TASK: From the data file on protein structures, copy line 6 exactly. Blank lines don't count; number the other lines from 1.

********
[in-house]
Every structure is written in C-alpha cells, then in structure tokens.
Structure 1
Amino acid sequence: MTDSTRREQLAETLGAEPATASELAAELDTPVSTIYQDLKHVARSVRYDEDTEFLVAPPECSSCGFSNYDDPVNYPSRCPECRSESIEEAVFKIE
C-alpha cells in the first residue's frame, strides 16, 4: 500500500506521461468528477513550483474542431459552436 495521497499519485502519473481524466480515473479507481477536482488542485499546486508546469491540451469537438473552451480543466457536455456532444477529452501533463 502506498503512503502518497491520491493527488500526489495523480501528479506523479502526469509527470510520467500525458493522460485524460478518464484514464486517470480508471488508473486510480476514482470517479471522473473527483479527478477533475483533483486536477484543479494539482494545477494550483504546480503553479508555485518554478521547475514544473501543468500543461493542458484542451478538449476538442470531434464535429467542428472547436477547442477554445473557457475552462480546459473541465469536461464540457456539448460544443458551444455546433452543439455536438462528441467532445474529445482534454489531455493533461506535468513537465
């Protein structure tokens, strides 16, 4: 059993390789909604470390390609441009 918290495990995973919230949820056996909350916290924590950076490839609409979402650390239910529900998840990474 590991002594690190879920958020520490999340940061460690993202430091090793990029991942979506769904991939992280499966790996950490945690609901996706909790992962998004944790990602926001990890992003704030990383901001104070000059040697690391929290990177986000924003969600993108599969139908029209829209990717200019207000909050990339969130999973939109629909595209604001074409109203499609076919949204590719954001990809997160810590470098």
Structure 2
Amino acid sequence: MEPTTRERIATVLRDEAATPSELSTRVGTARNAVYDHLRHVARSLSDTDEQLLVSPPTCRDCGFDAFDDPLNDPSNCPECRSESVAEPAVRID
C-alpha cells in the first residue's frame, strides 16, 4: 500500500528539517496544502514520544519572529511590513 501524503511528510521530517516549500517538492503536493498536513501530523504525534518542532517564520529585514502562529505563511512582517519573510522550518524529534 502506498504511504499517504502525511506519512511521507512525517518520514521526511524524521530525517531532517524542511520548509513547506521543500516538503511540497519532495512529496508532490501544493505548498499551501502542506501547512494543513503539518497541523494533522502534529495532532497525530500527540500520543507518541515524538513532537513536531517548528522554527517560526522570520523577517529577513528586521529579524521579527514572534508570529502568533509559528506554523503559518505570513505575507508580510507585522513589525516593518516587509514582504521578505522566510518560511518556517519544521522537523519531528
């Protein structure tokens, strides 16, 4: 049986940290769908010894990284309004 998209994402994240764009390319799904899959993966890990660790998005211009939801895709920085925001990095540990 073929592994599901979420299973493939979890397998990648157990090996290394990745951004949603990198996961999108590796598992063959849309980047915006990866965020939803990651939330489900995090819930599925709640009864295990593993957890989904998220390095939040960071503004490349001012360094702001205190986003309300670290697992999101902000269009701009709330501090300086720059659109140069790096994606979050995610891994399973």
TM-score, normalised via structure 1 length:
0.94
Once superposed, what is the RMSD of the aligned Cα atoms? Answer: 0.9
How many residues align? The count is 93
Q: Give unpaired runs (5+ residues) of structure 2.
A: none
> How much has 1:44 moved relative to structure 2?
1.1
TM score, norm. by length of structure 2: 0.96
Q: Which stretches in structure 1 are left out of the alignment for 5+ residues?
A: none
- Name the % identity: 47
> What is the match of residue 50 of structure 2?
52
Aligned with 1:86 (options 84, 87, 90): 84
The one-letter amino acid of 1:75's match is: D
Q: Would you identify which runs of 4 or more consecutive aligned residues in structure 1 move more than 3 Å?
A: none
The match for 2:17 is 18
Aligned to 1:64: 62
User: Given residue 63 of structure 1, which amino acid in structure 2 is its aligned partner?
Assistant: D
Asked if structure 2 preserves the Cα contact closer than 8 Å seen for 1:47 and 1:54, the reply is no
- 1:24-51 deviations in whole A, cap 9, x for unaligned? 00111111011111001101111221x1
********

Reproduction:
């Protein structure tokens, strides 16, 4: 059993390789909604470390390609441009 918290495990995973919230949820056996909350916290924590950076490839609409979402650390239910529900998840990474 590991002594690190879920958020520490999340940061460690993202430091090793990029991942979506769904991939992280499966790996950490945690609901996706909790992962998004944790990602926001990890992003704030990383901001104070000059040697690391929290990177986000924003969600993108599969139908029209829209990717200019207000909050990339969130999973939109629909595209604001074409109203499609076919949204590719954001990809997160810590470098």